Intracapsular hip block injection
This page provides with information about intracapsular hip block injections and how the procedure is carried out
What is an intracapsular hip block?
This is an injection into the fluid surrounding the hip joint, with the aim of reducing pain. The hip joint can become painful through wear and tear or disease such as arthritis. It has been found that injecting the joint can provide effective short or long- term pain relief. It may also be useful as a diagnostic procedure.
What is injected?
A small amount of local anaesthetic with steroid is injected into the hip joint. The steroid acts only around the area where it is injected and does not have the same side effects as taking long-term steroids.
Where is the procedure done?
The procedure is carried out in the Chedworth Suite at Cheltenham General Hospital. An appointment will be sent to you by the pain clinic secretaries.
- You may be asked to put on a hospital gown.
- You will be asked to lie on an X-ray trolley.
- X-rays images (pictures) may be used to guide the needle.
- The area to be injected will be cleaned with antiseptic.
- The consultant will numb the area with local anaesthetic, if needed, before injecting the anaesthetic and steroid.
- You may feel some discomfort during the procedure; this is a good sign, as it helps the consultant to know that the needle is exactly where it is needed.
How long will I be in hospital?
Although the procedure itself only takes about 15 to 20 minutes, you may be on Chedworth Suite for a couple of hours, so please come prepared for this. After the procedure, you will be offered a drink and allowed home shortly afterwards.
Can I eat and drink?
You may eat and drink as normal, unless your consultant advises you otherwise.
Can I take my usual medication?
Continue to take your medication as usual on the treatment day. If you are diabetic and your blood sugar is above 15mmol/l on the day of your procedure you may not be able to have your injection, this will be decided by your consultant. If your blood sugars are above 15mmol/l leading up to your injection please contact your pain consultant’s secretary for advice.
Can I drive home?
For safety reasons you are asked not to drive yourself home. You should also have somebody with you for the rest of the day.
After the injection
In the days following your injection you may have:
- mild discomfort around the injection site. This is expected and should settle by itself.
- an increase in your normal pain, this is usually temporary. You can take your normal pain relief to reduce any discomfort. If the pain is severe, please contact your GP for advice.
- temporary weakness and numbness in the limb or area that was treated. If it was safe to do so you may have been discharged home with these symptoms. Please take care to protect the area/limb until normal sensation returns; this will help to prevent accidental injuries.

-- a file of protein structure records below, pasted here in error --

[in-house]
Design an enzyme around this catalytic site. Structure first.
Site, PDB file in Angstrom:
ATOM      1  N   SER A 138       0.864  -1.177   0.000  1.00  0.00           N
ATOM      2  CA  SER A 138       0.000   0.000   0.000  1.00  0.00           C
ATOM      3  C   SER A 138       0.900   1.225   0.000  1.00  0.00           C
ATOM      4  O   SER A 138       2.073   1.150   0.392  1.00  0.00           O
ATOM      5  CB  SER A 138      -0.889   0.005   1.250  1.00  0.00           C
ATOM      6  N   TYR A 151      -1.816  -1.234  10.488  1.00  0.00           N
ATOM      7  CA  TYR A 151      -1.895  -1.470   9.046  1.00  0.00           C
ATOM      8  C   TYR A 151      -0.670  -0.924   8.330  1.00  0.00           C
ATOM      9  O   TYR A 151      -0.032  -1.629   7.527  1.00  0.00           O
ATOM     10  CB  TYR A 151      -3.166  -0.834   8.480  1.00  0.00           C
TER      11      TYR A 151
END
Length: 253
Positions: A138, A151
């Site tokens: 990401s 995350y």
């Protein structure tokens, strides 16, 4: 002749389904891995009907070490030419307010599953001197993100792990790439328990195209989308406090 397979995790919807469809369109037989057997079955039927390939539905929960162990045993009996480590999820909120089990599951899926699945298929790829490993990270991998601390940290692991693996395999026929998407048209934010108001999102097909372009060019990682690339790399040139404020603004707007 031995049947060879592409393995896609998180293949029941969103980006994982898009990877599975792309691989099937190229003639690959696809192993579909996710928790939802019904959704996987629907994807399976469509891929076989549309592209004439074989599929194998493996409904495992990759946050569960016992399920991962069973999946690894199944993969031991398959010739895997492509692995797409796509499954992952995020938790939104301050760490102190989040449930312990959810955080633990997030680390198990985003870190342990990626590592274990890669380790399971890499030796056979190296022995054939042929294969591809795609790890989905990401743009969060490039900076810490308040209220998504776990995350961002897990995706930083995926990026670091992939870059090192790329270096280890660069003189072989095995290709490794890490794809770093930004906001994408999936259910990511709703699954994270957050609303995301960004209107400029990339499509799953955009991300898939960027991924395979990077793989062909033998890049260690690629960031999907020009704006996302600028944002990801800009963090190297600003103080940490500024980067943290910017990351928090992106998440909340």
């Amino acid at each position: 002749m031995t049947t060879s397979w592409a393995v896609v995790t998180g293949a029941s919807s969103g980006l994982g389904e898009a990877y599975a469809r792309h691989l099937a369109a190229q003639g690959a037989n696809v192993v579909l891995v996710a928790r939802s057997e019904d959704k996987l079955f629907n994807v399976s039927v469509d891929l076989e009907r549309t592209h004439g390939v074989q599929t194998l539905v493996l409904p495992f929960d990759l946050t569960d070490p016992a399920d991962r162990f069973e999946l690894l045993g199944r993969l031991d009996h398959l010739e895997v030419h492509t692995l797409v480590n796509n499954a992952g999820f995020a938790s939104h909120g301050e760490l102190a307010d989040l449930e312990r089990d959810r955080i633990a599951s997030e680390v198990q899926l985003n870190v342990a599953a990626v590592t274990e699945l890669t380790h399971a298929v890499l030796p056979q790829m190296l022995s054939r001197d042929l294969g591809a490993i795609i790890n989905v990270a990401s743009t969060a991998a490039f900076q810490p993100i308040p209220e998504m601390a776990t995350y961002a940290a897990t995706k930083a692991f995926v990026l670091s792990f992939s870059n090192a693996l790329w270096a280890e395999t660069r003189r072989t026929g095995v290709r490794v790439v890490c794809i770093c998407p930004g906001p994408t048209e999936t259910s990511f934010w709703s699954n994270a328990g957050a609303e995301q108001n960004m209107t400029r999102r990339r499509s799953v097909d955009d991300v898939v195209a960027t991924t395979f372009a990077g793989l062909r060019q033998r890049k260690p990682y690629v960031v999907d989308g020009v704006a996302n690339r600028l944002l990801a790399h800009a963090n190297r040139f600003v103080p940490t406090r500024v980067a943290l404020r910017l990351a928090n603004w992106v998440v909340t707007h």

- an allergic reaction to the injection, which results in redness and itching around the injection site. This is not serious, although we need to know about it for future treatments.
- facial redness or flushing as a normal response to steroid injection treatment.
What happens next?
Your response to the injection treatment will either be assessed before you leave Chedworth Suite or you will be asked for feedback 6 weeks after the treatment.
Please provide your email address before leaving Chedworth Suite.
A member of our administrative team will email you in 6 weeks with a form to complete about the result of your injection treatment.
You will be asked to complete the form with your name, date of birth, hospital number and the name of your pain consultant.
You will also be asked to let us know how much pain relief was provided by the injection and what improvements you have noticed. The improvements may include being able to sleep better, able to do more physically, reduce medication or improvements in your mood and general wellbeing.
If you are not able to access email - please telephone your pain consultant’s secretary 6 weeks after the injection treatment. The contact number is at the end of the leaflet. You will be asked for the same information that is requested by email.
The next step in your treatment will be decided according to your response to the injection treatment. Any further appointments will be posted to your home address.
If your pain has improved greatly, you will not need a routine follow up appointment.
Instead you will be given a 6 months open appointment during which time you can contact your pain consultant’s secretary if your pain becomes difficult to manage again.
For injection treatment follow up or to rearrange an appointment please contact your consultant’s secretary, Monday to Friday between 8:00 am and 4:00 pm.
Dr Young’s secretary
Tel: 0300 422 3383
Dr Makins secretary
Tel: 0300 422 2558
Dr Harper’s secretary
Tel: 0300 422 3383
Dr Bodycombe’s secretary
Tel: 0300 422 3198
Dr Rea’s secretary
Tel: 0300 422 2804
Dr Patel’s secretary
Tel: 0300 422 2558
For all other queries please contact the:
Clinical Nurse Specialists
Tel: 0300 422 2976
An answerphone will be in operation at all times, please leave a message and we will return your call as soon as possible.
For urgent calls please contact your GP or NHS 111.
For more information about the Gloucestershire Hospitals Pain Management Service please visit the website below:
Website www.gloshospitals.nhs.uk/our-services/services-we- offer/pain/